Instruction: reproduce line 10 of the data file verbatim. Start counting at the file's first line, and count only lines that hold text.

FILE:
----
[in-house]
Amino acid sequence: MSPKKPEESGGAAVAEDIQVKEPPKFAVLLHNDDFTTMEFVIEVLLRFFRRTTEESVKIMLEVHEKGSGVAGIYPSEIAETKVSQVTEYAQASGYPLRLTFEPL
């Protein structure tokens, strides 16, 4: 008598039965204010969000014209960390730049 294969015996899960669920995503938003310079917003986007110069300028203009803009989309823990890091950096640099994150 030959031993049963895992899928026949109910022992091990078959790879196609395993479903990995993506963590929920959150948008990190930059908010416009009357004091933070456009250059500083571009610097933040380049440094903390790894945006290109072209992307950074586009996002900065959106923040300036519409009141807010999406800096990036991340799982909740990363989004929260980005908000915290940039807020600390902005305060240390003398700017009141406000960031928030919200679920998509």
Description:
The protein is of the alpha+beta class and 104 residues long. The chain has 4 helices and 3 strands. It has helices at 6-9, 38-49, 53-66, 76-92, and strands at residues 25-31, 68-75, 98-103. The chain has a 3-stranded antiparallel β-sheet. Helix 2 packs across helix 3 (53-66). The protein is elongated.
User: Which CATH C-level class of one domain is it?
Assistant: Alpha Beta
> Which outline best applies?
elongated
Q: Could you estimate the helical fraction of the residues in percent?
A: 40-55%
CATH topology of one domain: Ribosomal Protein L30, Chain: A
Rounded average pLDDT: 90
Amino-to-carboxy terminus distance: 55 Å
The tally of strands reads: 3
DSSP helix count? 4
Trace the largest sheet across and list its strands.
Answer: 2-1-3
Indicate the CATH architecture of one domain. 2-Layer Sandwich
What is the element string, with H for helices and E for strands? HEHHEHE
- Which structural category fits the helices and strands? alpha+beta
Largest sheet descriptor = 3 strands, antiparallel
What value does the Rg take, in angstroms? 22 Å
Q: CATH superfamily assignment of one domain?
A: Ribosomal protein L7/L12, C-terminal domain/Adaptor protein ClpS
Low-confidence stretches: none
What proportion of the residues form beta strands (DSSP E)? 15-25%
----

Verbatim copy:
Q: Could you estimate the helical fraction of the residues in percent?